TIAN Tian’s latest “miscarriage” will deal a multi-million pound blow to the Capital’s economy, tourism chiefs have warned.
Hopes are fading that Edinburgh Zoo’s giant panda will give birth to a cub following a set of “atypical” test results which have left keepers fearing the worst.
It’s predicted a new arrival would have been worth an extra £30 million to the city’s economy on the back of a 30 per cent hike in tourist footfall.
Panda fans were likely to have flocked from across the world to meet the first of the bears to be born on British soil had Tian Tian – who also lost a cub last year – given birth on Sunday’s due date.
Robin Warsnop, the chair of Edinburgh’s Tourism Action Group, said the news came as a disappointment to business owners.
He said: “It would have been a huge boost for Edinburgh, and been great for tourism. But rather than look at this as a blow to the city, it’s more of a good opportunity that we’ve missed.”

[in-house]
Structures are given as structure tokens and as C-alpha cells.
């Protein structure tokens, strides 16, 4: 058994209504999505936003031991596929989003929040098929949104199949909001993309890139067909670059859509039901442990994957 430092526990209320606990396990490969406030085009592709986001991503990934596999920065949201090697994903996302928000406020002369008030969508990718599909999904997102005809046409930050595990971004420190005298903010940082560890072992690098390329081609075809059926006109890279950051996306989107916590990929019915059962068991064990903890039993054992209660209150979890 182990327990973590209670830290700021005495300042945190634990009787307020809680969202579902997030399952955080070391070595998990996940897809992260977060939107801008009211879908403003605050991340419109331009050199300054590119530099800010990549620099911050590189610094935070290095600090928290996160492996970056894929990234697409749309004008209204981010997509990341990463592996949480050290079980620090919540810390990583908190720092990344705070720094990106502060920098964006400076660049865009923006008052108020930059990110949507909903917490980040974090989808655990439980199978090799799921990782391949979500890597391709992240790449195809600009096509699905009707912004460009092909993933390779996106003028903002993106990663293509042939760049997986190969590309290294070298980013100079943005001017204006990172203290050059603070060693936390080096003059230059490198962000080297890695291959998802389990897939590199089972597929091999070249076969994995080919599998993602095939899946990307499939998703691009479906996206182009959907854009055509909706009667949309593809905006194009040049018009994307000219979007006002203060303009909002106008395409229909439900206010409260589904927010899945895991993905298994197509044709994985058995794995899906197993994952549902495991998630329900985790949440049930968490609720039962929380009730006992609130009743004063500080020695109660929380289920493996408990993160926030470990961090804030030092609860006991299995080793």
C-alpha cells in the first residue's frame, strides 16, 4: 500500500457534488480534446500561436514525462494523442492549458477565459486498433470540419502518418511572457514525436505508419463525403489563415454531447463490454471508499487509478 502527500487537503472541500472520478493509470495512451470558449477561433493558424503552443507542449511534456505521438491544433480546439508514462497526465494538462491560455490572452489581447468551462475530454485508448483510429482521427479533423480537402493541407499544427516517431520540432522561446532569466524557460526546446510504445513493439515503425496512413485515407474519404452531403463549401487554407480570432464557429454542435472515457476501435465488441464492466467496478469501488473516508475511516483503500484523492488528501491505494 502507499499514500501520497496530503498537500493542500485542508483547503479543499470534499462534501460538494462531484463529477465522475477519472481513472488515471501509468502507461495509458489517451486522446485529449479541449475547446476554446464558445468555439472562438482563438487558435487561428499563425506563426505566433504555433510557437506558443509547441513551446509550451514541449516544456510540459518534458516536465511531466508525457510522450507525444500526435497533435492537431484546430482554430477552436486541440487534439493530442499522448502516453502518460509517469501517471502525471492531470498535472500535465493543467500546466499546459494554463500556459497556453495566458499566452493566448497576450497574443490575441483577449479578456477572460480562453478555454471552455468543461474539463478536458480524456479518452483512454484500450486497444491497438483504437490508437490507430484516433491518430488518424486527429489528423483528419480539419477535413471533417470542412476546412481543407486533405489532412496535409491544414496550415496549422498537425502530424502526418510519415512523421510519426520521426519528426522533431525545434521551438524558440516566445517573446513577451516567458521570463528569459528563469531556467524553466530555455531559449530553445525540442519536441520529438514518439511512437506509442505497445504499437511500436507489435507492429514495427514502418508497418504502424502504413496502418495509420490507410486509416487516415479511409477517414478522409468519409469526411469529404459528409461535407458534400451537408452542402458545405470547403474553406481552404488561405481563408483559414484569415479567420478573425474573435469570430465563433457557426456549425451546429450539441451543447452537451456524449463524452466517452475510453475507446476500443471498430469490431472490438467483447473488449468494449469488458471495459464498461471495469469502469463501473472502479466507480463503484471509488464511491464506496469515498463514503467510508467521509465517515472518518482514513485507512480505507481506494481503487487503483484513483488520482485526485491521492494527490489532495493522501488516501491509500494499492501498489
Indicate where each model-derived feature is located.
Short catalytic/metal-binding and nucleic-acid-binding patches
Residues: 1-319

Experts at the zoo said they first started to fear something was amiss with Tian Tian’s pregnancy towards the end of last week following her artificial insemination in April.
Iain Valentine, director of giant pandas, said: “Although it is still very new, the scientific data does suggest that the last point she should have gone into labour was over the weekend. Unfortunately, this did not happen.”
But he added that her progesterone levels remained relatively high – indicating there’s still a chance she could give birth.
And according to Megan Owen, a panda expert at San Diego Zoo, Tian Tian’s keepers won’t know whether the panda will give birth until just a few hours beforehand.
“The female typically won’t display signs until 12 hours before she’s ready to give birth, when her behaviour starts to shift dramatically,” she said. Until that time, it’s difficult to tell whether it will actually happen.”
However, Laura Doty, whose zoo in Memphis specialises in the type of hormone tests conducted on Tian Tian at the weekend, said the birthing window was shrinking rapidly.
“Panda due dates are a tricky business,” she said. “Tests used to determine the due date are generally pretty spot on, but it’s not an exact science, since the gestation period can vary greatly, from animal to animal.
“There is still an opportunity, for sure, but it’s not a great chance.”
Mr Valentine also stressed that Tian Tian had never “faked” her pregnancy, following reports another panda in China pretended to be expecting in order to improve her living conditions.
He said: “The results of cutting-edge scientific analysis have shown that, across the entire pregnancy, Tian Tian had the profile of a pregnant panda likely to carry to full term.”